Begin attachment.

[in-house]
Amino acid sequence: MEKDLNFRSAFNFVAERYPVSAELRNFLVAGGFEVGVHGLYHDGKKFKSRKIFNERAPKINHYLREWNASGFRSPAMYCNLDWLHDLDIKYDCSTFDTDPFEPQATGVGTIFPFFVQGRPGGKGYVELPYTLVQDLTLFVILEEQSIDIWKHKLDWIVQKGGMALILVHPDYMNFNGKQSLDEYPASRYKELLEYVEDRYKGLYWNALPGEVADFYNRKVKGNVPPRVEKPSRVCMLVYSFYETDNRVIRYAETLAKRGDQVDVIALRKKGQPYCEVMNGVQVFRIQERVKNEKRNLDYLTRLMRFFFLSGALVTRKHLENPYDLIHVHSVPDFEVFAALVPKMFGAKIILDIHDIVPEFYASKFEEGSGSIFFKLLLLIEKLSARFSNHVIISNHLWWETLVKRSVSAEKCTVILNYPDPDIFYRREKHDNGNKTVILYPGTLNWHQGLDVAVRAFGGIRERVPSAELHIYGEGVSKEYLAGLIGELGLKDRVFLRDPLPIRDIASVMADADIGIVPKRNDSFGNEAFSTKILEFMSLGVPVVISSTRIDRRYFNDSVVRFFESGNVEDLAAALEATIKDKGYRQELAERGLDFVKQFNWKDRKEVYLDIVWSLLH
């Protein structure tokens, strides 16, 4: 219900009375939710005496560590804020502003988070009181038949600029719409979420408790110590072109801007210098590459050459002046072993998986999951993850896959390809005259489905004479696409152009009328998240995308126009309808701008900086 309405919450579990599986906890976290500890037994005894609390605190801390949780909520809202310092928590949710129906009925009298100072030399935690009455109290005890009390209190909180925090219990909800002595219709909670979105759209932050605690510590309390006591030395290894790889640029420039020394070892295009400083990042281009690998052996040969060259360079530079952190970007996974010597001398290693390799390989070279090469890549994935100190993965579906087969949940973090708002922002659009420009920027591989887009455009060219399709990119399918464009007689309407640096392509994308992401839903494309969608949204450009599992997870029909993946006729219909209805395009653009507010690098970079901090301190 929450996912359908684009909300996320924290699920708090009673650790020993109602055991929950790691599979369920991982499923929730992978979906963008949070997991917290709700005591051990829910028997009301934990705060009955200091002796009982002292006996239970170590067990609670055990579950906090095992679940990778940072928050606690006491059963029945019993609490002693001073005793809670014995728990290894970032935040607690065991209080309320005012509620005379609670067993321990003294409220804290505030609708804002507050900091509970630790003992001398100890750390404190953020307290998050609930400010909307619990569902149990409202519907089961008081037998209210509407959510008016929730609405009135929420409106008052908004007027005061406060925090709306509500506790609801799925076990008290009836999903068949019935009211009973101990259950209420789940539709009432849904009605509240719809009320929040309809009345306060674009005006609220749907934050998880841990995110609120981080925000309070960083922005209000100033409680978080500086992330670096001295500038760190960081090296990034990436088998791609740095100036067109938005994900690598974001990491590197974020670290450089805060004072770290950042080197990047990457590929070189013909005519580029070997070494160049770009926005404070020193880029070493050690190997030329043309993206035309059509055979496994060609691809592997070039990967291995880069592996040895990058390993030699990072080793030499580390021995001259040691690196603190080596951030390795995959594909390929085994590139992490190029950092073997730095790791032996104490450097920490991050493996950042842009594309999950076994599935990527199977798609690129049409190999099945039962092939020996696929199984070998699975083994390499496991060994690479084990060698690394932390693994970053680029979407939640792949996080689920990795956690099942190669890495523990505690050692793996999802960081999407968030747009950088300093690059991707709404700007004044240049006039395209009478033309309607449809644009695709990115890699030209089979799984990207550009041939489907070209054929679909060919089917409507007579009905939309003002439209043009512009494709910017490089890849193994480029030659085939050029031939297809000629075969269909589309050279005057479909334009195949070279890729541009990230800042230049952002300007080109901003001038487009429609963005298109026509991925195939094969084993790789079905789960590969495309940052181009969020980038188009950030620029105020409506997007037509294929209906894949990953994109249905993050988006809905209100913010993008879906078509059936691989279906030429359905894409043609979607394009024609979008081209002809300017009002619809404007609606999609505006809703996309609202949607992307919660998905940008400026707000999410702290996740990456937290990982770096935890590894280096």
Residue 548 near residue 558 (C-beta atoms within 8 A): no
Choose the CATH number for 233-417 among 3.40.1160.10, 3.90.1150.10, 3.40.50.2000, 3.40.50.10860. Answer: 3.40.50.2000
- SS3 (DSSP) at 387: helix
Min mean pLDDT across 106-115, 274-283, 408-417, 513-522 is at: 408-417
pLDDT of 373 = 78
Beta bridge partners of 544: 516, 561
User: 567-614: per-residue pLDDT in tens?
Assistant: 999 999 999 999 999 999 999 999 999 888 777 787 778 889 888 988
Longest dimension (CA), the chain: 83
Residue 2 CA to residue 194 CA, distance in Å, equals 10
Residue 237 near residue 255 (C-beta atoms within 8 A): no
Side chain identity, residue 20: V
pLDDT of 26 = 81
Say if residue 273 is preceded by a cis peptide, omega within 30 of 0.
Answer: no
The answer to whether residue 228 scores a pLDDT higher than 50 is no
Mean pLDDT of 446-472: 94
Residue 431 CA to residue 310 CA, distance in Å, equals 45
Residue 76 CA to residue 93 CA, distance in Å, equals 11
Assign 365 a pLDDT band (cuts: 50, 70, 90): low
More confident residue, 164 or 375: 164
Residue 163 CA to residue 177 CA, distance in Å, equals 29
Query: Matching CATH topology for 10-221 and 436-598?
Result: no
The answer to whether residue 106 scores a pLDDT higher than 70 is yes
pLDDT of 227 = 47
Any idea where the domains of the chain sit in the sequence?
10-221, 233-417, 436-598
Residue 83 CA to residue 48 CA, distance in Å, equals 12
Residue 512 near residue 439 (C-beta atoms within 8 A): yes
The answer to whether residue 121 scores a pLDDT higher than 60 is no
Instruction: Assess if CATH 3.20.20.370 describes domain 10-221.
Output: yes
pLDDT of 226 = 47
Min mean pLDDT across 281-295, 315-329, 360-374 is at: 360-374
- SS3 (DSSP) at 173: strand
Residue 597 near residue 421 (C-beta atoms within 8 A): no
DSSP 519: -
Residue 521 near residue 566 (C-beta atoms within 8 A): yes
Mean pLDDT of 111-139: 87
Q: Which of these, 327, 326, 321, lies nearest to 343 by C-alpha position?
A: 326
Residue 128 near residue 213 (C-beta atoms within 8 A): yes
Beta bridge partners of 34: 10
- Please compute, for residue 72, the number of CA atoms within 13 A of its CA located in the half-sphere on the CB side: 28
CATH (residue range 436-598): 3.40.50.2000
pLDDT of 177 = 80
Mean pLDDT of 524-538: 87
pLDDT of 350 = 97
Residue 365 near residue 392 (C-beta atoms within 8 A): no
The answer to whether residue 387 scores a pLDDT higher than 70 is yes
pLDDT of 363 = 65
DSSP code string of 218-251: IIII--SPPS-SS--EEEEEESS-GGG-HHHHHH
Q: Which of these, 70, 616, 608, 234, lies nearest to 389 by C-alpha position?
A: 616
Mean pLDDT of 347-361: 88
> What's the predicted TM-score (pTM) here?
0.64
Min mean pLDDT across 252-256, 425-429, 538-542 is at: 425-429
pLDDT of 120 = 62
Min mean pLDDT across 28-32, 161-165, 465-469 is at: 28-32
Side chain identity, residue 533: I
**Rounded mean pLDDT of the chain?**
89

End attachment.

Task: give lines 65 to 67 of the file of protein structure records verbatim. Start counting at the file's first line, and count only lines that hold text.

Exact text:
Side chain identity, residue 533: I
**Rounded mean pLDDT of the chain?**
89